In May, Ford Motor Co. was the first major automaker to announce that its EVs would soon be able to use Tesla Inc.’s Supercharger network.
Companies are charging ahead with Tesla’s fast chargers because they’re more reliable and easier to use than most other fast charging networks, said Daniel Breton, chief executive officer of Electric Mobility Canada, a Montreal-based national non-profit that promotes EV ownership.
“They’re seeing that the consumer experience is so much better than most other networks,” he said. “[Ford CEO] Jim Farley went on a vacation with his kids in a Ford F-150 Lightning and said he saw that the only chargers that always worked were Tesla’s Superchargers. That, to me, says everything.”
Public fast chargers can charge an EV to 80 per cent in about 20 to 45 minutes, depending on the car and the speed of the charger.
Tesla launched its proprietary Supercharger network of EV fast chargers in 2012. They only worked with Teslas and use a different plug than other chargers. A year ago, Tesla announced it would start allowing other carmakers to use its proprietary charging standard, which it calls the North American charging standard (NACS).
So far, Acura, BMW, Fisker, Ford, General Motors, Genesis, Honda, Hyundai, Infiniti, Jaguar, Kia, Lexus, Lucid, Mercedes-Benz, Mini, Nissan, Polestar, Rolls-Royce, Subaru, Toyota and Volvo have all said they will be switching to Tesla’s charging standard on new EVs by 2025 (Acura and Honda say it could be 2026).
Many have said they’ll also be offering an adapter next year so existing EVs with CCS plugs can use Superchargers with NACS plugs (2025 for BMW, Mini, Rolls-Royce, Acura, Honda, Genesis, Hyundai, Kia and Lucid).
So far, the holdouts are Stellantis (which includes Chrysler, Dodge, Fiat, Jeep and Ram) and Volkswagen Group (which includes Audi, Bentley, Porsche and Volkswagen). Both companies have said they’re evaluating the option.
In a J.D. Power study of public chargers earlier this year, Tesla’s network came first for reliability.
According to the study, 21.6 per cent of EV drivers who went to non-Tesla public charging stations couldn’t charge their vehicles – compared to 3.9 per cent who had problems at Tesla Superchargers.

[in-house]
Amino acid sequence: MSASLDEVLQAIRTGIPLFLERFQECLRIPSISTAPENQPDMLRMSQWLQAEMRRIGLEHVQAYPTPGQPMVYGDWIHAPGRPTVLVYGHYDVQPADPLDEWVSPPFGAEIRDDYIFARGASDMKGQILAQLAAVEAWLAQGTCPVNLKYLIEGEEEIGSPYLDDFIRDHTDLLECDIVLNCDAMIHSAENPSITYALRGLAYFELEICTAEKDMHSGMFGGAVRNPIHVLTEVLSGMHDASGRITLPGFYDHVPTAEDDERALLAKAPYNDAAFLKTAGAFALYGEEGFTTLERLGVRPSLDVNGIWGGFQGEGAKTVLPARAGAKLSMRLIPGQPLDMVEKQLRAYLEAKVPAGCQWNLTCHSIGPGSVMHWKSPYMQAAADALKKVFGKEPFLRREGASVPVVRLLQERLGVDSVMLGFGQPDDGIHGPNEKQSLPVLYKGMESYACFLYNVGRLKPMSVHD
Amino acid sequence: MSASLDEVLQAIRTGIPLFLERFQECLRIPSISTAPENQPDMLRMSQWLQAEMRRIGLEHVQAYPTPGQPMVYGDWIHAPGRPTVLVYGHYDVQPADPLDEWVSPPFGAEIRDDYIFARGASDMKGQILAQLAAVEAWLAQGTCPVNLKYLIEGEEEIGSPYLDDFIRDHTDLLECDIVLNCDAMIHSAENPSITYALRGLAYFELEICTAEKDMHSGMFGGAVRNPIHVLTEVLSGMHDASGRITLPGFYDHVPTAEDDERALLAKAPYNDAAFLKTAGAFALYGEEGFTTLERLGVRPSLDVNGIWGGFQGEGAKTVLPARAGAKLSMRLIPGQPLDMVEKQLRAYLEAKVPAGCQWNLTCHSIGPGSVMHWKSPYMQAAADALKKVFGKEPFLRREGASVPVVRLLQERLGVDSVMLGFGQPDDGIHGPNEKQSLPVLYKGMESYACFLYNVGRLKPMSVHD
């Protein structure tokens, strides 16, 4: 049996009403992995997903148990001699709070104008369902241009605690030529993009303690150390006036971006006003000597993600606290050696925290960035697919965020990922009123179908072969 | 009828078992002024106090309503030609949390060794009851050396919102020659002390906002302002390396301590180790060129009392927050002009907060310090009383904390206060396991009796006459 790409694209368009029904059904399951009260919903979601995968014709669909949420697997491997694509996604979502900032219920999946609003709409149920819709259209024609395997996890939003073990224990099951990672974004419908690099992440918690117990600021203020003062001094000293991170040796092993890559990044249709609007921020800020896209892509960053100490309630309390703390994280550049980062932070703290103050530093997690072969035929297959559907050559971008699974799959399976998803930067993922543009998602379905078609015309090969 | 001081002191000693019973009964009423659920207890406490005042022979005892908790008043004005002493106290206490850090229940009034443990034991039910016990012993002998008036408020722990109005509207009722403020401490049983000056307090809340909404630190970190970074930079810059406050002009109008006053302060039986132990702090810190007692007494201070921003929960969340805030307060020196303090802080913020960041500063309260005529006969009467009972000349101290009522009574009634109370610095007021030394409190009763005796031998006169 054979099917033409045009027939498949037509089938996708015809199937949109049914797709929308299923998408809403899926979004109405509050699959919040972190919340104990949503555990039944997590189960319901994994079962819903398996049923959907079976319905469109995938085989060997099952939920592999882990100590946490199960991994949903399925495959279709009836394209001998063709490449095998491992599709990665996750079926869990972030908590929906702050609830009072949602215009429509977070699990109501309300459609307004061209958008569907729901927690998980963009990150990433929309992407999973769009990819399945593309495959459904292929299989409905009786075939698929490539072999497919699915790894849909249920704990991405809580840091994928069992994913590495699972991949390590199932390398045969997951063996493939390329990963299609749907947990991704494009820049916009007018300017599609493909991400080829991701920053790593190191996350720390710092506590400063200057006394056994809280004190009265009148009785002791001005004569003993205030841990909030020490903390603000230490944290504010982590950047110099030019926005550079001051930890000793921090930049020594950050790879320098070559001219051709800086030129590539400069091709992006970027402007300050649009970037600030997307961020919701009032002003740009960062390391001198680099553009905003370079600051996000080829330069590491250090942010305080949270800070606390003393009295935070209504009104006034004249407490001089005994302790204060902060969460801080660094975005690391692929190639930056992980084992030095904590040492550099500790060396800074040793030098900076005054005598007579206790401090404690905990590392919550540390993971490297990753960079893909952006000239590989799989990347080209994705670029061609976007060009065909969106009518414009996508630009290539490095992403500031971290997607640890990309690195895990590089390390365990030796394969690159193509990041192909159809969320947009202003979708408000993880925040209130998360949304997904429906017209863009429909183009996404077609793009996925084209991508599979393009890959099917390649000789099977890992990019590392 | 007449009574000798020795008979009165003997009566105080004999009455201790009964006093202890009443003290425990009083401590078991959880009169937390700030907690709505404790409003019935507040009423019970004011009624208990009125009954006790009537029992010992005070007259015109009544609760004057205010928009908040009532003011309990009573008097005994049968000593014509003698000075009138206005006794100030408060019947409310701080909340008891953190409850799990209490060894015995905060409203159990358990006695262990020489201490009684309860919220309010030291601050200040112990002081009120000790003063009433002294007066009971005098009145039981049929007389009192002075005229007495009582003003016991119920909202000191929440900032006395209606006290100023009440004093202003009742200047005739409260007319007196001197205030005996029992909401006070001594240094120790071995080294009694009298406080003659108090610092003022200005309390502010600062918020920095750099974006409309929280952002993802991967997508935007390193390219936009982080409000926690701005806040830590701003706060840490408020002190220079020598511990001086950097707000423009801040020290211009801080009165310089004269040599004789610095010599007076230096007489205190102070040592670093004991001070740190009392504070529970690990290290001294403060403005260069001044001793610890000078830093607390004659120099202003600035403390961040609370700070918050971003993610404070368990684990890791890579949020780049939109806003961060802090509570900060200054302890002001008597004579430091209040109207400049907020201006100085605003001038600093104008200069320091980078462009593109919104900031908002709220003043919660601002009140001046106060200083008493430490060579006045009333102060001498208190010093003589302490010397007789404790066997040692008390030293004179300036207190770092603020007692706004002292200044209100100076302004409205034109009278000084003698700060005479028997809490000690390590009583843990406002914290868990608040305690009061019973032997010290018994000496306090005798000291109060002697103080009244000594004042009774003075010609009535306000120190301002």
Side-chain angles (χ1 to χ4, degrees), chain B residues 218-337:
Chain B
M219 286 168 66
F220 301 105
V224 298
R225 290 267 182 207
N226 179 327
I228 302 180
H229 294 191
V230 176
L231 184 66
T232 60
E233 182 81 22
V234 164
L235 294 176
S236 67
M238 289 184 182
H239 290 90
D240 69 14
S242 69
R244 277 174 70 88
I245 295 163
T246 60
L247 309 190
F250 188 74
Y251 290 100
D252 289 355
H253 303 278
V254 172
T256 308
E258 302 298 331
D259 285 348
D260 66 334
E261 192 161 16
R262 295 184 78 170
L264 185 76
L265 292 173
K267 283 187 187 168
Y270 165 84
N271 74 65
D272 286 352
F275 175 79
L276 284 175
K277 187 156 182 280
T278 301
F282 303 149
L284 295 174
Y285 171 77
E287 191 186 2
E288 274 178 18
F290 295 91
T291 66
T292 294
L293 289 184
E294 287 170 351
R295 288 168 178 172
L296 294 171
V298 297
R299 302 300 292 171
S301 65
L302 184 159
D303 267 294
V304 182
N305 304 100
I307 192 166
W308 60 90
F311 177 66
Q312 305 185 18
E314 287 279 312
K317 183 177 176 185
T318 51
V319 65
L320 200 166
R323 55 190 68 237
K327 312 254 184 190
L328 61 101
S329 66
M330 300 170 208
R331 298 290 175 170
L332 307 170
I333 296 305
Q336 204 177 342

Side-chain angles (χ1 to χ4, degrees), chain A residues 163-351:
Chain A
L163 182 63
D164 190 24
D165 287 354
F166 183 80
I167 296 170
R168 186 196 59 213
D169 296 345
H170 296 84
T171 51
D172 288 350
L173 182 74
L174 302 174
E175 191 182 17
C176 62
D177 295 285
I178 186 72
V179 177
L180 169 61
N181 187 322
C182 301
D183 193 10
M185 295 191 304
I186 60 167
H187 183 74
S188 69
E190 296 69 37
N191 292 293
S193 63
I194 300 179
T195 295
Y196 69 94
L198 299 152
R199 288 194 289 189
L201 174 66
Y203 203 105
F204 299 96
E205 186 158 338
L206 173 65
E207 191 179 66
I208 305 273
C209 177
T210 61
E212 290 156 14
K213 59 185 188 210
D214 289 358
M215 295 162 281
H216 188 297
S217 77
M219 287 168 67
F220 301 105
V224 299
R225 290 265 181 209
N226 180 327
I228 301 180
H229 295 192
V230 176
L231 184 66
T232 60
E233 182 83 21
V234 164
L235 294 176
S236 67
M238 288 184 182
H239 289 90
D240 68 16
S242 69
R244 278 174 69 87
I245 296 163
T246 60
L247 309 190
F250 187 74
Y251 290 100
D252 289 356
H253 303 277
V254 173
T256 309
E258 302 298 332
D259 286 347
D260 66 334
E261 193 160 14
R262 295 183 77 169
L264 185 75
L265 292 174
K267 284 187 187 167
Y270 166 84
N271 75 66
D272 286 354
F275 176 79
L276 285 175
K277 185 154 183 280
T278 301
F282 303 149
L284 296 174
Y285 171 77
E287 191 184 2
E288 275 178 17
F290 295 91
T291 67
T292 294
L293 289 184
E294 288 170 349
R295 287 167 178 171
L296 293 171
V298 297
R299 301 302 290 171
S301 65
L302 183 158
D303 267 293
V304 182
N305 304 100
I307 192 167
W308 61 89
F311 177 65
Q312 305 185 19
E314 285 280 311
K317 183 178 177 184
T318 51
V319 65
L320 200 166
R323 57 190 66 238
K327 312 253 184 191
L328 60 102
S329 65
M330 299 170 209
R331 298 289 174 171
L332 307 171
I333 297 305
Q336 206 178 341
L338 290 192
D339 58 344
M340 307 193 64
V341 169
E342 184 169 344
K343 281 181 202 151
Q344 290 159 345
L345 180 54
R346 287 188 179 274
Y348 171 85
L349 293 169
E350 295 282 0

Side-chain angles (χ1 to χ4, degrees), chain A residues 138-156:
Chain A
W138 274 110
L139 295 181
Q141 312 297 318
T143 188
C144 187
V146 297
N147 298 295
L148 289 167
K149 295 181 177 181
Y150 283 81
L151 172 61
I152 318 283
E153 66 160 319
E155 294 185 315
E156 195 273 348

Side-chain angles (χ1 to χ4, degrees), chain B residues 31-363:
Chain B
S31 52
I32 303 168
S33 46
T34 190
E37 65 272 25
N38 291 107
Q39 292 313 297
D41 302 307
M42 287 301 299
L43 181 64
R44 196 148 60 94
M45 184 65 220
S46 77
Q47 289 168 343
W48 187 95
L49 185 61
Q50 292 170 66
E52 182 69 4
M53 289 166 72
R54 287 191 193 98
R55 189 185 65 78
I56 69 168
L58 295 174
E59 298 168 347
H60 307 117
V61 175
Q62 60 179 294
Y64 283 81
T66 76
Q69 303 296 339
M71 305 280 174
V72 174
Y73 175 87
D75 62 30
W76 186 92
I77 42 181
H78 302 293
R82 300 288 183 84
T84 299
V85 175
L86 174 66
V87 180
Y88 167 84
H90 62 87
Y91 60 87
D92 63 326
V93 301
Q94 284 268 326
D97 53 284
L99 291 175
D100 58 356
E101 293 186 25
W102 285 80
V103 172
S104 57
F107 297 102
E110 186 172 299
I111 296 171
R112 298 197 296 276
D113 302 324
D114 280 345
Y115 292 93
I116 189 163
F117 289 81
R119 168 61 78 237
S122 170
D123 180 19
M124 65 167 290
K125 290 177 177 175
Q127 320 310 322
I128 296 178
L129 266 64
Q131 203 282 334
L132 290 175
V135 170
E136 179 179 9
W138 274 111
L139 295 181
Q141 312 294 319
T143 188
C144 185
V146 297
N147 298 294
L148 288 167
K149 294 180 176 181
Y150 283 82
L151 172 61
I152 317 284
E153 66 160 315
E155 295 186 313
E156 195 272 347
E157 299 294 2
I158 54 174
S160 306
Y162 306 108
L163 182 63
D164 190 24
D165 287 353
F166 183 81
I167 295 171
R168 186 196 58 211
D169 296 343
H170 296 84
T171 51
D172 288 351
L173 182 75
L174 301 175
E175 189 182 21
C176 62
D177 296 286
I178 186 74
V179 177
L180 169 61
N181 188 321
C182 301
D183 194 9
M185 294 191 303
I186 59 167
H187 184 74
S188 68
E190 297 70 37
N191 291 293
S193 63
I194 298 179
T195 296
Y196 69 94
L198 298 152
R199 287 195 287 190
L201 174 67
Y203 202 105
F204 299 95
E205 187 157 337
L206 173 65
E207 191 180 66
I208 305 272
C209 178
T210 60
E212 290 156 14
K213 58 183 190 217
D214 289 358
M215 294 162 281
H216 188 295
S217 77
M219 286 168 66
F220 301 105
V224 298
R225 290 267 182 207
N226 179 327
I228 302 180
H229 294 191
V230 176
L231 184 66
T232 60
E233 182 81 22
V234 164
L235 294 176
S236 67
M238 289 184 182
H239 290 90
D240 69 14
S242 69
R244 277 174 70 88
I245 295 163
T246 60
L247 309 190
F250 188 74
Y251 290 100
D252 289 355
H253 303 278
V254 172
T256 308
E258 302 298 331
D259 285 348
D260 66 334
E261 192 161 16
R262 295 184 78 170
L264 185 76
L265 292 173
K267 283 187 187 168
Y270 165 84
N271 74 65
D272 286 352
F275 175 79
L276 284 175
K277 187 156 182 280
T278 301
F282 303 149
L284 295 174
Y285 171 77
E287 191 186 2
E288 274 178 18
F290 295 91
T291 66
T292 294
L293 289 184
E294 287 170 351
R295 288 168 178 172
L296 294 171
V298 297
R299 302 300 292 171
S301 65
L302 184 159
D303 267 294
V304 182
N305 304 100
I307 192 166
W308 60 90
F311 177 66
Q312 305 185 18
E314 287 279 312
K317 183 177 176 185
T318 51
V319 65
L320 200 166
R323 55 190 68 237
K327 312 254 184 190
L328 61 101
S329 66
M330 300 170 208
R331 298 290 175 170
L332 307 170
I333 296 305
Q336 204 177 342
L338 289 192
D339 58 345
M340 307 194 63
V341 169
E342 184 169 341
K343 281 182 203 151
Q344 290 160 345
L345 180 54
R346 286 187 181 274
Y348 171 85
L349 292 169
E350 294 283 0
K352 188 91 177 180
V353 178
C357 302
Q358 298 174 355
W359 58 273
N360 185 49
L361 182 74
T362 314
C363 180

“When it comes to reliability, no other provider is even close to Tesla,” the report said.
Unlike most other networks, which require an app, an RFID card, a credit card or a bank card to start charging, Tesla’s chargers are plug-and-pay – you plug in and that’s it. They automatically start charging and, when finished, charge the cost to your Tesla account.
Automakers didn’t mention plug-and-pay capability in their announcements about the switch.
Several of the companies who immediately responded to our questions, including Ford, Mercedes-Benz, Toyota and Volvo, said charging at Superchargers will be activated and paid for through their apps.
When asked if that might change, most said they had nothing to announce now.
But Breton suspects those EVs will eventually be able to plug-and-pay at Superchargers as part of a larger move toward the technology.
“This year, seven car manufacturers [General Motors, BMW, Honda, Hyundai, Kia, Mercedes Benz and Stellantis] said they’d be building 30,000 chargers together and they said they would be plug-and-pay,” Breton said.
Tesla didn’t respond to repeated requests for comment.
The company has also been adding built-in CCS adapters to some of its Superchargers to allow other EV brands to charge. So far in Canada, there are just two Supercharger stations with the adapters (which Tesla calls the Magic Dock) – in North Bay and Deep River, Ont.
As of August, of the more than 4,500 fast charging ports in Canada, more than 1,900 were Tesla Superchargers, according to data from National Resources Canada.
Even though these agreements with Tesla will mean more drivers will be competing for the Superchargers, Breton doesn’t think it will mean longer wait times. He expects most other charging networks to start using Tesla’s NACS plug, so Tesla drivers can more easily use them too. Right now, they have to use an adapter.
“So in places where there’s no Supercharger, [Tesla drivers] will be able to plug their car in at ChargePoint or Flo,” he said.
Also, if Tesla drivers have put their destination into the car’s GPS, it will send them to a Supercharger that likely won’t be busy, Breton said.
“Even if other cars aren’t actually there yet, the network knows that their navigation systems are sending them there,” Breton said. “So it sends you to a different Supercharger.”
John Dixon, a Burlington, Ont. Tesla owner and president of the Tesla Owner’s Club of Ontario says there hasn’t be much discussion about the agreements. “We have a Facebook group [with 3,900 followers] and this has not been a topic I’ve seen any concern about.”
Dixon expects Tesla to open more stations and add more chargers to existing stations to keep up with demand – especially along the busy corridor between Toronto and Montreal.
“They’re opening them fast and furious and they’re getting bigger and bigger,” he said. “There’s one opening in Mississauga with 32 chargers.”
Dixon said he rarely uses Superchargers – he charges at home or when he gets to the cottage – but he thinks Tesla opening it’s network is good for EVs in general.
“Tesla’s network is the most reliable – often when you go to other networks half the stalls are down or [your car] can’t communicate with the charger,” he said. “It’s good news for EVs.”